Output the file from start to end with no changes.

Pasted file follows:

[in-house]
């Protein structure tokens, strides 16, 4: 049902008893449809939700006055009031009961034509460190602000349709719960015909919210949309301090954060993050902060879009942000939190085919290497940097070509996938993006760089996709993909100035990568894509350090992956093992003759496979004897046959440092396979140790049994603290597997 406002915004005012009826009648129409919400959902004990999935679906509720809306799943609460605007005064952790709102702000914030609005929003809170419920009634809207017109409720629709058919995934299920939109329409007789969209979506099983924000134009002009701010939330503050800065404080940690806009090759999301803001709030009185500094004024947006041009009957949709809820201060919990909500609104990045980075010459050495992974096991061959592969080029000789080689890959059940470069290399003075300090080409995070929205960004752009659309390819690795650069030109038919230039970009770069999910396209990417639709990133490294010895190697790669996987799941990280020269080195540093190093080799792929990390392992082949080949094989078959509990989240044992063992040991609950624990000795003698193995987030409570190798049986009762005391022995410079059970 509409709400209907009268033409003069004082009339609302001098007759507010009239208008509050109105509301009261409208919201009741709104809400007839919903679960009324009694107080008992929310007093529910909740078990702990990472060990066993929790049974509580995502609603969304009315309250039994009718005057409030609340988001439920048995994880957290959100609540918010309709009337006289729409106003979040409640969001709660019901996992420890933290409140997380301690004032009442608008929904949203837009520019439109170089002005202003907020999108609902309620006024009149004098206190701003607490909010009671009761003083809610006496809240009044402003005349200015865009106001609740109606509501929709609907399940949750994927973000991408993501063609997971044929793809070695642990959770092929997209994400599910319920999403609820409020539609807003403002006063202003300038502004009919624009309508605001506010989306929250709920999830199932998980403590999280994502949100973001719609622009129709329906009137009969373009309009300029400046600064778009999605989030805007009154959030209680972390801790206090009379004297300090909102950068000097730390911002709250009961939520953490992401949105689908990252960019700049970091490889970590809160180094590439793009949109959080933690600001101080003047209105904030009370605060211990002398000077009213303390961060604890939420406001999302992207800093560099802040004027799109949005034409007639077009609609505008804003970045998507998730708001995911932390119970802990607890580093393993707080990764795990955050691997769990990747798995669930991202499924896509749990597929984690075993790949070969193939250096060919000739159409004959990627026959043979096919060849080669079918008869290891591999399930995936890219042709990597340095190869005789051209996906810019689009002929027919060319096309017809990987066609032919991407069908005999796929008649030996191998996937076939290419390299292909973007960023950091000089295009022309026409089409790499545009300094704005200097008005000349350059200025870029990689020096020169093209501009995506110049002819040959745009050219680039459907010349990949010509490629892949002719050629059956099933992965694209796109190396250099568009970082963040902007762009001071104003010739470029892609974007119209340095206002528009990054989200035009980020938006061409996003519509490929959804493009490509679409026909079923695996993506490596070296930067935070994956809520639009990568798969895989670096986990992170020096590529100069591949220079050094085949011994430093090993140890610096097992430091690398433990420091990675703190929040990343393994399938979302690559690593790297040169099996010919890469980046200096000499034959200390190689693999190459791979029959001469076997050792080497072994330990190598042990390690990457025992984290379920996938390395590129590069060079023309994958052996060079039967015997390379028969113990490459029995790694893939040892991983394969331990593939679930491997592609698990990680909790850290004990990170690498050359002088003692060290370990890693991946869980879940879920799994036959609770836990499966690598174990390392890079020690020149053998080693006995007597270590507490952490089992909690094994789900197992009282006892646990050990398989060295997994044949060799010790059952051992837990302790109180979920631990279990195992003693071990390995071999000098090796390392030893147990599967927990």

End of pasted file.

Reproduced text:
[in-house]
């Protein structure tokens, strides 16, 4: 049902008893449809939700006055009031009961034509460190602000349709719960015909919210949309301090954060993050902060879009942000939190085919290497940097070509996938993006760089996709993909100035990568894509350090992956093992003759496979004897046959440092396979140790049994603290597997 406002915004005012009826009648129409919400959902004990999935679906509720809306799943609460605007005064952790709102702000914030609005929003809170419920009634809207017109409720629709058919995934299920939109329409007789969209979506099983924000134009002009701010939330503050800065404080940690806009090759999301803001709030009185500094004024947006041009009957949709809820201060919990909500609104990045980075010459050495992974096991061959592969080029000789080689890959059940470069290399003075300090080409995070929205960004752009659309390819690795650069030109038919230039970009770069999910396209990417639709990133490294010895190697790669996987799941990280020269080195540093190093080799792929990390392992082949080949094989078959509990989240044992063992040991609950624990000795003698193995987030409570190798049986009762005391022995410079059970 509409709400209907009268033409003069004082009339609302001098007759507010009239208008509050109105509301009261409208919201009741709104809400007839919903679960009324009694107080008992929310007093529910909740078990702990990472060990066993929790049974509580995502609603969304009315309250039994009718005057409030609340988001439920048995994880957290959100609540918010309709009337006289729409106003979040409640969001709660019901996992420890933290409140997380301690004032009442608008929904949203837009520019439109170089002005202003907020999108609902309620006024009149004098206190701003607490909010009671009761003083809610006496809240009044402003005349200015865009106001609740109606509501929709609907399940949750994927973000991408993501063609997971044929793809070695642990959770092929997209994400599910319920999403609820409020539609807003403002006063202003300038502004009919624009309508605001506010989306929250709920999830199932998980403590999280994502949100973001719609622009129709329906009137009969373009309009300029400046600064778009999605989030805007009154959030209680972390801790206090009379004297300090909102950068000097730390911002709250009961939520953490992401949105689908990252960019700049970091490889970590809160180094590439793009949109959080933690600001101080003047209105904030009370605060211990002398000077009213303390961060604890939420406001999302992207800093560099802040004027799109949005034409007639077009609609505008804003970045998507998730708001995911932390119970802990607890580093393993707080990764795990955050691997769990990747798995669930991202499924896509749990597929984690075993790949070969193939250096060919000739159409004959990627026959043979096919060849080669079918008869290891591999399930995936890219042709990597340095190869005789051209996906810019689009002929027919060319096309017809990987066609032919991407069908005999796929008649030996191998996937076939290419390299292909973007960023950091000089295009022309026409089409790499545009300094704005200097008005000349350059200025870029990689020096020169093209501009995506110049002819040959745009050219680039459907010349990949010509490629892949002719050629059956099933992965694209796109190396250099568009970082963040902007762009001071104003010739470029892609974007119209340095206002528009990054989200035009980020938006061409996003519509490929959804493009490509679409026909079923695996993506490596070296930067935070994956809520639009990568798969895989670096986990992170020096590529100069591949220079050094085949011994430093090993140890610096097992430091690398433990420091990675703190929040990343393994399938979302690559690593790297040169099996010919890469980046200096000499034959200390190689693999190459791979029959001469076997050792080497072994330990190598042990390690990457025992984290379920996938390395590129590069060079023309994958052996060079039967015997390379028969113990490459029995790694893939040892991983394969331990593939679930491997592609698990990680909790850290004990990170690498050359002088003692060290370990890693991946869980879940879920799994036959609770836990499966690598174990390392890079020690020149053998080693006995007597270590507490952490089992909690094994789900197992009282006892646990050990398989060295997994044949060799010790059952051992837990302790109180979920631990279990195992003693071990390995071999000098090796390392030893147990599967927990």